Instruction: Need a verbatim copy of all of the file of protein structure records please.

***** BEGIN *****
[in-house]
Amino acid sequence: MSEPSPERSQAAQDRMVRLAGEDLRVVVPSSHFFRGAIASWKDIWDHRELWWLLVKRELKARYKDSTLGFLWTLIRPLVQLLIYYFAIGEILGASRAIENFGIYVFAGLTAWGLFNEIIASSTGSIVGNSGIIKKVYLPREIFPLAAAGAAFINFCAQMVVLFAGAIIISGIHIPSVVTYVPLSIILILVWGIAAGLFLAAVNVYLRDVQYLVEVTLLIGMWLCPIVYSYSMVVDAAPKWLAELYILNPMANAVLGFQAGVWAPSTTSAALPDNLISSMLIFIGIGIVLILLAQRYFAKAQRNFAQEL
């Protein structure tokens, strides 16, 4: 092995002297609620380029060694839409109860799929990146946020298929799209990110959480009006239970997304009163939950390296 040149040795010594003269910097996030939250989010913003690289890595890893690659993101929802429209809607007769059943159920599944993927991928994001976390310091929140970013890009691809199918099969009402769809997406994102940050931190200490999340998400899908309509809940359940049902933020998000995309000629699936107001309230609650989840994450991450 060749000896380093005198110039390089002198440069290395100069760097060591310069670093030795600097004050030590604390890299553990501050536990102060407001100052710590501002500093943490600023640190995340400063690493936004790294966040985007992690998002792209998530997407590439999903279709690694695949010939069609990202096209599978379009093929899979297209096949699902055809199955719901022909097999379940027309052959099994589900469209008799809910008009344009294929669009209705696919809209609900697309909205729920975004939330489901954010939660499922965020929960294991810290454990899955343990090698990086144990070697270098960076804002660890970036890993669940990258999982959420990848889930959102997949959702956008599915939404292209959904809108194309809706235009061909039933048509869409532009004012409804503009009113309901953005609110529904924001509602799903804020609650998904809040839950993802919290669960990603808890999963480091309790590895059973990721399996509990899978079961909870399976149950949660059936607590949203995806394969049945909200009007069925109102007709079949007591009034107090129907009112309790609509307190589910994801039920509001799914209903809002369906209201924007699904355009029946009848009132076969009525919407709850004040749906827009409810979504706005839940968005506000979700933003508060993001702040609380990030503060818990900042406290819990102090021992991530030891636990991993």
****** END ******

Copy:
[in-house]
Amino acid sequence: MSEPSPERSQAAQDRMVRLAGEDLRVVVPSSHFFRGAIASWKDIWDHRELWWLLVKRELKARYKDSTLGFLWTLIRPLVQLLIYYFAIGEILGASRAIENFGIYVFAGLTAWGLFNEIIASSTGSIVGNSGIIKKVYLPREIFPLAAAGAAFINFCAQMVVLFAGAIIISGIHIPSVVTYVPLSIILILVWGIAAGLFLAAVNVYLRDVQYLVEVTLLIGMWLCPIVYSYSMVVDAAPKWLAELYILNPMANAVLGFQAGVWAPSTTSAALPDNLISSMLIFIGIGIVLILLAQRYFAKAQRNFAQEL
């Protein structure tokens, strides 16, 4: 092995002297609620380029060694839409109860799929990146946020298929799209990110959480009006239970997304009163939950390296 040149040795010594003269910097996030939250989010913003690289890595890893690659993101929802429209809607007769059943159920599944993927991928994001976390310091929140970013890009691809199918099969009402769809997406994102940050931190200490999340998400899908309509809940359940049902933020998000995309000629699936107001309230609650989840994450991450 060749000896380093005198110039390089002198440069290395100069760097060591310069670093030795600097004050030590604390890299553990501050536990102060407001100052710590501002500093943490600023640190995340400063690493936004790294966040985007992690998002792209998530997407590439999903279709690694695949010939069609990202096209599978379009093929899979297209096949699902055809199955719901022909097999379940027309052959099994589900469209008799809910008009344009294929669009209705696919809209609900697309909205729920975004939330489901954010939660499922965020929960294991810290454990899955343990090698990086144990070697270098960076804002660890970036890993669940990258999982959420990848889930959102997949959702956008599915939404292209959904809108194309809706235009061909039933048509869409532009004012409804503009009113309901953005609110529904924001509602799903804020609650998904809040839950993802919290669960990603808890999963480091309790590895059973990721399996509990899978079961909870399976149950949660059936607590949203995806394969049945909200009007069925109102007709079949007591009034107090129907009112309790609509307190589910994801039920509001799914209903809002369906209201924007699904355009029946009848009132076969009525919407709850004040749906827009409810979504706005839940968005506000979700933003508060993001702040609380990030503060818990900042406290819990102090021992991530030891636990991993």